Tuesday, October 31, 2006

William E. Odom: How to cut and run - Los Angeles Times

David Seaton's News Links
Odom's recipes make sense... The only thing he leaves out is bringing to trial and imprisoning (I'm against the death penalty) the men and women responsible for what is without exaggeration the greatest disaster in US history. DS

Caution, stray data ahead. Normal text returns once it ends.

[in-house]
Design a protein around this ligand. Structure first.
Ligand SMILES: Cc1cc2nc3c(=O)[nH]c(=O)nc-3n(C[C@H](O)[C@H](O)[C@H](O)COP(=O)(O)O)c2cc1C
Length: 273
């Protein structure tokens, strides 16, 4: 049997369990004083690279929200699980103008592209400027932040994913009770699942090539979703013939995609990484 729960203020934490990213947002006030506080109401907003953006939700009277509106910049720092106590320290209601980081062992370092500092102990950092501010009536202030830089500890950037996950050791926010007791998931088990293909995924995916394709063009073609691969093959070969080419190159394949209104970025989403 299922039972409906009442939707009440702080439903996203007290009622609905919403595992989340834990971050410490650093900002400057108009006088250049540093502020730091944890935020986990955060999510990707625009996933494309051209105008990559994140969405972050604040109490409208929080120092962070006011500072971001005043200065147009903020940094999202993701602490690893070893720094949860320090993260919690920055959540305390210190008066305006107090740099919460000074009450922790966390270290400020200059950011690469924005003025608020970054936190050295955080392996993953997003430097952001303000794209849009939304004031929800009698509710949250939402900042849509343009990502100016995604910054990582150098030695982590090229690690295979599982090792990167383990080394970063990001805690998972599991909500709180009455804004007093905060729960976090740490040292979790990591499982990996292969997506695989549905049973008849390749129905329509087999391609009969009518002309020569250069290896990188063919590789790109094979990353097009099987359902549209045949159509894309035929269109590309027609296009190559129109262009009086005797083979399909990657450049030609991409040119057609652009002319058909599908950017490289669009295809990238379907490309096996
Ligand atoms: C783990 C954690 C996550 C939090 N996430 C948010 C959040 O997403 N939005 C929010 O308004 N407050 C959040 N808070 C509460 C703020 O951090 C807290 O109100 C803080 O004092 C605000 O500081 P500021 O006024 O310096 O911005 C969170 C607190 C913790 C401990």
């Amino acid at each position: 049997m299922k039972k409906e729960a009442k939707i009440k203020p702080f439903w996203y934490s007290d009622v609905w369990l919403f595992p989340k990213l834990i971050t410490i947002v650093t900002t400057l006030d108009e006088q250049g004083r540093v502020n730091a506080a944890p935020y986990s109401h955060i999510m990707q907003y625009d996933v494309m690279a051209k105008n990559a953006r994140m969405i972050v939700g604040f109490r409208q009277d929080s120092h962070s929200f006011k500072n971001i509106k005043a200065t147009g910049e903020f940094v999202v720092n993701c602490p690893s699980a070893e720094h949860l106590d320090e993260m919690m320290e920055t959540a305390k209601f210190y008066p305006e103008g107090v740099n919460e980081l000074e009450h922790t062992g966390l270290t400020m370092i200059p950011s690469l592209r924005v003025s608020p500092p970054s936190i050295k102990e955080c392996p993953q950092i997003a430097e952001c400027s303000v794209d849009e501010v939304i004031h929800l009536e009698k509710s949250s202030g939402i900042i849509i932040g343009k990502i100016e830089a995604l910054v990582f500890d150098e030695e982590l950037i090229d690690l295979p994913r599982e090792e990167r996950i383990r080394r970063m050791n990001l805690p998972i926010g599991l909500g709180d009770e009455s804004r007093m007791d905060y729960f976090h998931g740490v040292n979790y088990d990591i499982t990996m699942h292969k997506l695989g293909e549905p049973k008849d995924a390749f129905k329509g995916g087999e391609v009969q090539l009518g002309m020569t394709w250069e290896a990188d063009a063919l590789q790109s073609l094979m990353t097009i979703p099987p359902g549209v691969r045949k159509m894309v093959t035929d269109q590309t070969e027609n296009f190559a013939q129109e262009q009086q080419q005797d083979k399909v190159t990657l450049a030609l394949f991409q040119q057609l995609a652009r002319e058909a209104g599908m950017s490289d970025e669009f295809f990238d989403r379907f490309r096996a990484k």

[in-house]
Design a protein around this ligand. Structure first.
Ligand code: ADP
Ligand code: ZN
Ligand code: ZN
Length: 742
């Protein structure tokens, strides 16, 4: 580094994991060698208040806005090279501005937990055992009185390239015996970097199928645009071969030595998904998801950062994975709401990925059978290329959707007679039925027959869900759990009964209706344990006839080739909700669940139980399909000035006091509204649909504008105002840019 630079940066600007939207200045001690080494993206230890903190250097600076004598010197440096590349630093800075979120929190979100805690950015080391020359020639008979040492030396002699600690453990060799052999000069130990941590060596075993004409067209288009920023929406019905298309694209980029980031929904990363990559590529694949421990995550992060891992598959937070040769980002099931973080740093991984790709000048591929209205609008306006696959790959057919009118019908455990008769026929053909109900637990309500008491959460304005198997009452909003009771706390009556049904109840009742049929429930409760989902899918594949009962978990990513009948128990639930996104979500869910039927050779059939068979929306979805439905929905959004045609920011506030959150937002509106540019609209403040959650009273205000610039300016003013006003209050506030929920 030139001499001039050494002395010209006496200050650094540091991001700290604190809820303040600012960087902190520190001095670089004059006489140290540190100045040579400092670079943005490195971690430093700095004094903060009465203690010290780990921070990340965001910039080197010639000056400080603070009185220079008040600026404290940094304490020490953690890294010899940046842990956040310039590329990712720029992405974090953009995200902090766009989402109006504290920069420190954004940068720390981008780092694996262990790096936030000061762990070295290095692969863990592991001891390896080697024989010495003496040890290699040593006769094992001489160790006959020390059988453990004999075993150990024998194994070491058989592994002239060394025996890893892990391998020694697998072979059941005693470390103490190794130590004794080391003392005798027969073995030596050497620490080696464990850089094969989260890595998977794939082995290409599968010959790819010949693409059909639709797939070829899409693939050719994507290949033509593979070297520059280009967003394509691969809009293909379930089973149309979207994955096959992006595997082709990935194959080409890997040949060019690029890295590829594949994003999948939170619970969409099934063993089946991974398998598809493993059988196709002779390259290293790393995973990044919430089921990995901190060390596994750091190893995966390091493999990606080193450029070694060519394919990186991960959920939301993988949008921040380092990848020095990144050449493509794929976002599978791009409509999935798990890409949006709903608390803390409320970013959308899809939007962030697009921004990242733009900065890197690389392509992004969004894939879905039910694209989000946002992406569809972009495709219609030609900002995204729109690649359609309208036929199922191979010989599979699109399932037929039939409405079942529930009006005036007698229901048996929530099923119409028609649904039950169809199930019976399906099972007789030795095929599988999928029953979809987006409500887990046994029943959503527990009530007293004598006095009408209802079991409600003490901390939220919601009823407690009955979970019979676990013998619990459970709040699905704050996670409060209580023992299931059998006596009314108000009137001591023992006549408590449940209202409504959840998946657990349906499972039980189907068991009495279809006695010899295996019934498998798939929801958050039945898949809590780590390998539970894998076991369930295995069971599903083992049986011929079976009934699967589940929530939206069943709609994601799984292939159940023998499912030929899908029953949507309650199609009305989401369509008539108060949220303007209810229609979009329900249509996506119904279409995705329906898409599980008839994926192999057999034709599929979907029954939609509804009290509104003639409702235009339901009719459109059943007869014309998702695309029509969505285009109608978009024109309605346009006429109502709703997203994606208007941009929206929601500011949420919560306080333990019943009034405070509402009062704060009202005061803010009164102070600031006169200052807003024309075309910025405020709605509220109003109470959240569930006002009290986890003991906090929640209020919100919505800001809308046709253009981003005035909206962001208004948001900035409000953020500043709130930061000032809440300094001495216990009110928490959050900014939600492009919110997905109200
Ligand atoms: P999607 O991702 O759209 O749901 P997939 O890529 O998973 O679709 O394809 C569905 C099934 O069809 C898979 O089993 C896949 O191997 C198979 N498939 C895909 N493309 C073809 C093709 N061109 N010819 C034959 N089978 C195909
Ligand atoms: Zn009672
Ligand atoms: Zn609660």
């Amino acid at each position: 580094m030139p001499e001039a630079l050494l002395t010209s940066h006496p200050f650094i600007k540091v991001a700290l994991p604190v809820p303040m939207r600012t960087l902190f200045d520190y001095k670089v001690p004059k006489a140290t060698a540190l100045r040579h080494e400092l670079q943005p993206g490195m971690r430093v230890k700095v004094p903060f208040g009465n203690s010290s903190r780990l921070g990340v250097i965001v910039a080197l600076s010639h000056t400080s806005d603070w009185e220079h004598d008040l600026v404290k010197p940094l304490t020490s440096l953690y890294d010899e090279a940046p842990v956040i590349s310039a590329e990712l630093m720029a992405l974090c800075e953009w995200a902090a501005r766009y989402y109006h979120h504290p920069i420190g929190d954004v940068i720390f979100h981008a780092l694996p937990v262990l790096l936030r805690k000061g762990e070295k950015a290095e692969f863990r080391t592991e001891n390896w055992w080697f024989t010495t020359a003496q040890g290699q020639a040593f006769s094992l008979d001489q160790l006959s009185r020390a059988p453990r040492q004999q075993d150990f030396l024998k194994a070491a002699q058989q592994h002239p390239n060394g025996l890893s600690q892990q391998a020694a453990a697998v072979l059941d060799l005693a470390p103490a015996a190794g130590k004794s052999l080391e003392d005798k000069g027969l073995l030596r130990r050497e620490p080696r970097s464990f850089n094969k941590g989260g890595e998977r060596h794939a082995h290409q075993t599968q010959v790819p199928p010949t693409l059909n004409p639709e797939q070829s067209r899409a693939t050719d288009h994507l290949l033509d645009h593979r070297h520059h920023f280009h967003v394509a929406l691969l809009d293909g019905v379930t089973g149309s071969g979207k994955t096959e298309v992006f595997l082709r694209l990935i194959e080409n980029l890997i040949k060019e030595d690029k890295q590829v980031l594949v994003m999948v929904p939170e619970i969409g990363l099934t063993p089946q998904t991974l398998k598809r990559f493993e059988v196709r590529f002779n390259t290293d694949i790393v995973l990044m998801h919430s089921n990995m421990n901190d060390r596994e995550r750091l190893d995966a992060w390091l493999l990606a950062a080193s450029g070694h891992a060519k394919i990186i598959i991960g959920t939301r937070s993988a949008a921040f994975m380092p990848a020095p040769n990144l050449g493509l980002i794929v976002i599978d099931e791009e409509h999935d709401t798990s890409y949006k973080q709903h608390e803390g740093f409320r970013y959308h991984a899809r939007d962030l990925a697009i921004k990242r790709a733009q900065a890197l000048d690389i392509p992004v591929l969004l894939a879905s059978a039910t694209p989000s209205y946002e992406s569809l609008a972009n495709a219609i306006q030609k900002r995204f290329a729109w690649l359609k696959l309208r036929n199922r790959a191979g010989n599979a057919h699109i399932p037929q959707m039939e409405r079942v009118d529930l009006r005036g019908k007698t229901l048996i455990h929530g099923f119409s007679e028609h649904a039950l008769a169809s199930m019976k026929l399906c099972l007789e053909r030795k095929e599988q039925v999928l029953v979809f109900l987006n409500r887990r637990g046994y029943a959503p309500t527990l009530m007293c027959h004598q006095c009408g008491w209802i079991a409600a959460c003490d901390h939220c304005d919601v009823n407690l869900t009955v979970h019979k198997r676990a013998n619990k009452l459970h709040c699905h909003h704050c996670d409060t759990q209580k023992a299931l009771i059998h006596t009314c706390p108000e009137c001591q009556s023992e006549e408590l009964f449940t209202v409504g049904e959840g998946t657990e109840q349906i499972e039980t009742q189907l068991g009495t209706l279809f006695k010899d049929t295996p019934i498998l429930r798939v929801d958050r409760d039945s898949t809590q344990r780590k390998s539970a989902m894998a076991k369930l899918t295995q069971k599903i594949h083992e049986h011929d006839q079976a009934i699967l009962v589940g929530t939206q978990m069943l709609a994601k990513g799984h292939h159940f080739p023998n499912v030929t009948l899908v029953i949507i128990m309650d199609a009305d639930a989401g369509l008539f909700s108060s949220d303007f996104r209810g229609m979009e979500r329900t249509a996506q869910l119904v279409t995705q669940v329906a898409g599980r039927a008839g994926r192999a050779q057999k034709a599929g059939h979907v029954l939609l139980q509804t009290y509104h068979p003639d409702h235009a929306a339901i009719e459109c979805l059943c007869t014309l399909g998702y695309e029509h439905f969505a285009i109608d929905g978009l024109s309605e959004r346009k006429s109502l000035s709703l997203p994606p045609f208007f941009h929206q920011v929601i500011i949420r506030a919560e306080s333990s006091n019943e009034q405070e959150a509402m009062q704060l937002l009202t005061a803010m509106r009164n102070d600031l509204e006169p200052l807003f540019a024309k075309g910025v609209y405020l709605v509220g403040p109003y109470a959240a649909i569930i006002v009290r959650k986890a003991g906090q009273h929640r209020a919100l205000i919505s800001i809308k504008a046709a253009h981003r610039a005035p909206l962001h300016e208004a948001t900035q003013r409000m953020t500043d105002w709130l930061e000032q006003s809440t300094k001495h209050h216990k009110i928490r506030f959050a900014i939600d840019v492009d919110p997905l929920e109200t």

Abstract: The United States upset the regional balance in the Middle East when it invaded Iraq. Restoring it requires bold initiatives, but "cutting and running" must precede them all. Only a complete withdrawal of all U.S. troops — within six months and with no preconditions — can break the paralysis that now enfeebles our diplomacy. And the greatest obstacles to cutting and running are the psychological inhibitions of our leaders and the public. Our leaders do not act because their reputations are at stake. The public does not force them to act because it is blinded by the president's conjured set of illusions: that we are reducing terrorism by fighting in Iraq; creating democracy there; preventing the spread of nuclear weapons; making Israel more secure; not allowing our fallen soldiers to have died in vain; and others. But reality can no longer be avoided. It is beyond U.S. power to prevent bloody sectarian violence in Iraq, the growing influence of Iran throughout the region, the probable spread of Sunni-Shiite strife to neighboring Arab states, the eventual rise to power of the anti-American cleric Muqtada Sadr or some other anti-American leader in Baghdad, and the spread of instability beyond Iraq. All of these things and more became unavoidable the day that U.S. forces invaded. These realities get worse every day that our forces remain in Iraq. They can't be wished away by clever diplomacy or by leaving our forces in Iraq for several more years.(...) the U.S. must informally cooperate with Iran in areas of shared interests. Nothing else could so improve our position in the Middle East. The price for success will include dropping U.S. resistance to Iran's nuclear weapons program. This will be as distasteful for U.S. leaders as cutting and running, but it is no less essential. That's because we do share vital common interests with Iran. We both want to defeat Al Qaeda and the Taliban (Iran hates both). We both want stability in Iraq (Iran will have influence over the Shiite Iraqi south regardless of what we do, but neither Washington nor Tehran want chaos). And we can help each other when it comes to oil: Iran needs our technology to produce more oil, and we simply need more oil. Accepting Iran's nuclear weapons is a small price to pay for the likely benefits. Moreover, its nuclear program will proceed whether we like it or not. Accepting it might well soften Iran's support for Hezbollah, and it will definitely undercut Russia's pernicious influence with Tehran. Fourth, real progress must be made on the Palestinian issue as a foundation for Middle East peace. The invasion of Iraq and the U.S. tilt toward Israel have dangerously reduced Washington's power to broker peace or to guarantee Israel's security. We now need Europe's help. And good relations with Iran would help dramatically.

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